A version of this story was originally published by Georgia Public Broadcasting.
Republicans in the Georgia legislature have released legislation that proposes tougher restrictions on both absentee and in-person early voting, among other sweeping changes to election laws after an election in which Democrats won the presidential race in the state and flipped two U.S. Senate seats.
The bill, HB 531, filed by GOP state Rep. Barry Fleming was introduced directly into the Georgia House’s Special Committee on Election Integrity on Thursday, and the text of the bill was made available about an hour before a hearing.
Many of the changes in the bill would predominantly affect larger, minority-heavy Democratic strongholds of the state, constituencies that helped President Biden narrowly defeat former President Donald Trump in the state last November, then boosted Democratic Sens. Raphael Warnock and Jon Ossoff in Georgia’s January runoff elections. In recent months, many Republicans at the local, state and federal level have pushed false claims of election fraud, and lawmakers in Georgia have vowed to change laws in response.
Part of the bill would provide “uniformity” to the three-week early voting period, Fleming said, requiring all counties to hold early voting from 9 a.m. to 5 p.m. Monday through Friday for three weeks before the election, plus a mandatory 9-to-5 period of voting the second Saturday before the election. It would allow counties to extend hours to 7 a.m. and 7 p.m., but would prohibit counties from holding early voting any other days — including Sunday voting popular in larger metro counties and a day of traditionally high turnout for Black voters through “souls to the polls” voter mobilization events.
Like other bills making their way through the GOP-controlled legislature, there would be a new photo ID requirement for absentee ballots. The bill would require voters to include their driver’s license number, state ID number or a copy of an acceptable form of photo ID. The driver’s license number or state ID number is already required for a new online request portal for Georgia voters, and photo ID is required to vote in person.
But the proposal would also shrink the window for Georgia voters to request an absentee ballot and limit the timeline for county officials to mail them out. No absentee ballot could be requested earlier than 11 weeks before an election or later than two Fridays before the election, and absentee ballots would not be sent out by mail until four weeks before day of the election.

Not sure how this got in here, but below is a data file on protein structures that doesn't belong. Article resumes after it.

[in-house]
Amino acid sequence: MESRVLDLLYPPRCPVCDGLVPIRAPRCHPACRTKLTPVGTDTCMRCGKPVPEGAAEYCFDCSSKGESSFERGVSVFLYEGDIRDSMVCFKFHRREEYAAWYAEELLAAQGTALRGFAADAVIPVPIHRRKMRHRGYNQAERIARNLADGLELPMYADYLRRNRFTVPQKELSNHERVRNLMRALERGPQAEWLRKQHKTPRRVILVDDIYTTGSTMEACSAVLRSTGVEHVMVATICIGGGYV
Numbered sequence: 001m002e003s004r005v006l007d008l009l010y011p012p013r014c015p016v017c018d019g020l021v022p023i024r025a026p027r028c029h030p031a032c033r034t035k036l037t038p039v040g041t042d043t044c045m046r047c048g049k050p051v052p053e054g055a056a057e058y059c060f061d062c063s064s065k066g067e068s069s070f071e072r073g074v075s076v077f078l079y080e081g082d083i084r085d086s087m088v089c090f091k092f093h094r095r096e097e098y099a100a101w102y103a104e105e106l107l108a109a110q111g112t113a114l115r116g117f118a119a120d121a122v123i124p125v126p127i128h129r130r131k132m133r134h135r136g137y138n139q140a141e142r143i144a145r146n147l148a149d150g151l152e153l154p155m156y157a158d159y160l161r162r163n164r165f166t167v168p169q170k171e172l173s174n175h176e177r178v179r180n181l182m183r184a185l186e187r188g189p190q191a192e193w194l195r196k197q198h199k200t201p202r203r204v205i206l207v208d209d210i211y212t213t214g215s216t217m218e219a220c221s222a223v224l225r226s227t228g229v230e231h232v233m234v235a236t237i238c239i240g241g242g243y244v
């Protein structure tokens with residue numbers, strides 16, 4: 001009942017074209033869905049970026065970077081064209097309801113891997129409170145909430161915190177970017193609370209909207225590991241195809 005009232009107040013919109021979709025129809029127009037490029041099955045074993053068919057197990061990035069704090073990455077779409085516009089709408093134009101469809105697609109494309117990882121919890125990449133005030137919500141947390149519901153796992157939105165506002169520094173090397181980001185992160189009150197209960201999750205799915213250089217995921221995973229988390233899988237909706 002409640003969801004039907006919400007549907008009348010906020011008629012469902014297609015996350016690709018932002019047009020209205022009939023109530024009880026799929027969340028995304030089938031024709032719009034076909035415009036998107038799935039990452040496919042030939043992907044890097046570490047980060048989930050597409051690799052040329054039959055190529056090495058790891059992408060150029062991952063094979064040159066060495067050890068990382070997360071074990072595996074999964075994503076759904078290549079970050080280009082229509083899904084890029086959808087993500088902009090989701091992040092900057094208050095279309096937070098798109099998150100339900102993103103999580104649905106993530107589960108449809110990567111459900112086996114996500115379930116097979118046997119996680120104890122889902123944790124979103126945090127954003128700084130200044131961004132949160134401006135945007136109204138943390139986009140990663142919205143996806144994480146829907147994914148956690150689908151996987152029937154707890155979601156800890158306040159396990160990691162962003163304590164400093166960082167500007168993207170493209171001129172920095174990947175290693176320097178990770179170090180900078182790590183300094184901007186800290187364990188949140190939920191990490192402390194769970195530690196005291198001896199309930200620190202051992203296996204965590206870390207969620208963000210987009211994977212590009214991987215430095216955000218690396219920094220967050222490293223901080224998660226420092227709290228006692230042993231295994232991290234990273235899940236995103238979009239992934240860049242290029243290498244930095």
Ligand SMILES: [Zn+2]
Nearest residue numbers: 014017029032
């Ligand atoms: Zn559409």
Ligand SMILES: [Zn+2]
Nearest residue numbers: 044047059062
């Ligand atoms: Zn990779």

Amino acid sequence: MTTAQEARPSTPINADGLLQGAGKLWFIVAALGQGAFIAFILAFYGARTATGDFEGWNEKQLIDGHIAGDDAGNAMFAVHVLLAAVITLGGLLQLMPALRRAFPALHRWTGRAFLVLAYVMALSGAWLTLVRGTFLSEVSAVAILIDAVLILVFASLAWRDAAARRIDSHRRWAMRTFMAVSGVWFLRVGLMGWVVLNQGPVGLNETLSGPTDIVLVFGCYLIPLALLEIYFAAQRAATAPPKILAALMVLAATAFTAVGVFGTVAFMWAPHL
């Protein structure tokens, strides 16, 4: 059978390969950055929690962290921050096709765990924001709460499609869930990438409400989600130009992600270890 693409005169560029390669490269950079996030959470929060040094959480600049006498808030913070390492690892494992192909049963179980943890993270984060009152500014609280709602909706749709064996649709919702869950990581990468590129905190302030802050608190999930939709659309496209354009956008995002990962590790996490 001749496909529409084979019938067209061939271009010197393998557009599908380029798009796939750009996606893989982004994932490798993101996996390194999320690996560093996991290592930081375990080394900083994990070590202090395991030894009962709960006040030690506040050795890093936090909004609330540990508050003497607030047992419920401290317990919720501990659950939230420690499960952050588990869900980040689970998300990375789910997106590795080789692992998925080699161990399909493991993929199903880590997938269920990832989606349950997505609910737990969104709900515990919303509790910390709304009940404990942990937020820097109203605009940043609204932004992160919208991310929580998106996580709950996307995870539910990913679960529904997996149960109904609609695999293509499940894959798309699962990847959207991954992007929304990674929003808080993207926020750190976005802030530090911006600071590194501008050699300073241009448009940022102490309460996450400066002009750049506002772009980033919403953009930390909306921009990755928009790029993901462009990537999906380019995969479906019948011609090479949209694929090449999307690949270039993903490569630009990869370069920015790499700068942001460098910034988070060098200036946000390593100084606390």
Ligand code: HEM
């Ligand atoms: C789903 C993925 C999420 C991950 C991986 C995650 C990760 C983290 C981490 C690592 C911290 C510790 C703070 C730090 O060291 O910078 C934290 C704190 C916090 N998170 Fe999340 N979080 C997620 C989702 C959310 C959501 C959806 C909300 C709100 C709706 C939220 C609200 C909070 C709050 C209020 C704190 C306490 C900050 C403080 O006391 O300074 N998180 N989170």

The bill aims to restrict the location of secure drop boxes in the state to early voting sites and would limit the use of those drop boxes to just the days and times when early voting takes place. Another section would ban county elections offices from directly accepting outside funding for elections, after the Center for Tech and Civic Life and the Schwarzenegger Institute gave tens of millions of dollars to counties across Georgia to run the November and January elections in the midst of the pandemic.
One section appears to target mobile voting buses in Fulton County, which includes part of Atlanta. They were used during early voting to provide several pop-up polling locations in the Atlanta area under a recent Georgia law that allows early voting sites to be held at any location that is an Election Day polling place.
Some changes would give county elections workers more flexibility and greater staffing for polling locations, such as a tweak that would allow poll workers to operate sites in adjoining counties instead of just the county of their residence. Another would allow officials leeway in the requirement of voting equipment for typically lower-turnout primaries and runoffs. However, the deadline for results to be counted and certified would move up four days sooner to the Monday after the election.
Fleming’s bill revives a measure supported by Secretary of State Brad Raffensperger last year that would require precincts with over 2,000 voters and waiting times over one hour to add more workers, more machines or split the precinct.
Democratic state Rep. Rhonda Burnough expressed concern that Democrats did not have any input into the 48-page measure, as well as the quick timing of the bill.
“The public, people of color, they didn’t have opportunity to review or to give an opinion and there’s a lot of information in here that needs to be digested and looked at,” she said. “I think if we’re trying to really work towards restoring confidence that we should be working towards improving everything based on suggestions from the entire state of Georgia, not just us down here in the General Assembly.”
There will be more hearings on the bill in the coming days before it’s potentially sent to the floor of the Georgia House.